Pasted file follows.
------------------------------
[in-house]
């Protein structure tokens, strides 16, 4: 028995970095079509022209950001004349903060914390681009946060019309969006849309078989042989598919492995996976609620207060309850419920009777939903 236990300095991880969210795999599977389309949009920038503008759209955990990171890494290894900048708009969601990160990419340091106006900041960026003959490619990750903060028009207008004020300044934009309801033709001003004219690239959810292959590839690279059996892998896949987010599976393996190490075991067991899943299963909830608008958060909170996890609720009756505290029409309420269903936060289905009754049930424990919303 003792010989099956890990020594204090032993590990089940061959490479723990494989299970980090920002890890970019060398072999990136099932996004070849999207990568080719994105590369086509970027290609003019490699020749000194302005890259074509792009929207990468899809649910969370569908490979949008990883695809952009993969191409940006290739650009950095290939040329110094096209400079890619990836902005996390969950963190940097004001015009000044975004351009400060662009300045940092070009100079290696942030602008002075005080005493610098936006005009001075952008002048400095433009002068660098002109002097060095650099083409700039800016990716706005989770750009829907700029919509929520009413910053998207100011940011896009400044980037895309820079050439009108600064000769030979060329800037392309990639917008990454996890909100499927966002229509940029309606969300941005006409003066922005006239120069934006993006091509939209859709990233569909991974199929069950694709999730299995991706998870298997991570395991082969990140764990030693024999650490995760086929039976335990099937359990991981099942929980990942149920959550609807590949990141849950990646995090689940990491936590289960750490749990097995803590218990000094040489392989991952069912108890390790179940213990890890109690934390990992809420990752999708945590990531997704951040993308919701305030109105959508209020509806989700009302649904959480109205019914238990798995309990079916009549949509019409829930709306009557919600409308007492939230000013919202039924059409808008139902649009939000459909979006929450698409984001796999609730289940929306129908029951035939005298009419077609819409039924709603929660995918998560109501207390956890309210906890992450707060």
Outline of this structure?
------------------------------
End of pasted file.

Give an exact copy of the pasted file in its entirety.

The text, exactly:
[in-house]
């Protein structure tokens, strides 16, 4: 028995970095079509022209950001004349903060914390681009946060019309969006849309078989042989598919492995996976609620207060309850419920009777939903 236990300095991880969210795999599977389309949009920038503008759209955990990171890494290894900048708009969601990160990419340091106006900041960026003959490619990750903060028009207008004020300044934009309801033709001003004219690239959810292959590839690279059996892998896949987010599976393996190490075991067991899943299963909830608008958060909170996890609720009756505290029409309420269903936060289905009754049930424990919303 003792010989099956890990020594204090032993590990089940061959490479723990494989299970980090920002890890970019060398072999990136099932996004070849999207990568080719994105590369086509970027290609003019490699020749000194302005890259074509792009929207990468899809649910969370569908490979949008990883695809952009993969191409940006290739650009950095290939040329110094096209400079890619990836902005996390969950963190940097004001015009000044975004351009400060662009300045940092070009100079290696942030602008002075005080005493610098936006005009001075952008002048400095433009002068660098002109002097060095650099083409700039800016990716706005989770750009829907700029919509929520009413910053998207100011940011896009400044980037895309820079050439009108600064000769030979060329800037392309990639917008990454996890909100499927966002229509940029309606969300941005006409003066922005006239120069934006993006091509939209859709990233569909991974199929069950694709999730299995991706998870298997991570395991082969990140764990030693024999650490995760086929039976335990099937359990991981099942929980990942149920959550609807590949990141849950990646995090689940990491936590289960750490749990097995803590218990000094040489392989991952069912108890390790179940213990890890109690934390990992809420990752999708945590990531997704951040993308919701305030109105959508209020509806989700009302649904959480109205019914238990798995309990079916009549949509019409829930709306009557919600409308007492939230000013919202039924059409808008139902649009939000459909979006929450698409984001796999609730289940929306129908029951035939005298009419077609819409039924709603929660995918998560109501207390956890309210906890992450707060």
Outline of this structure?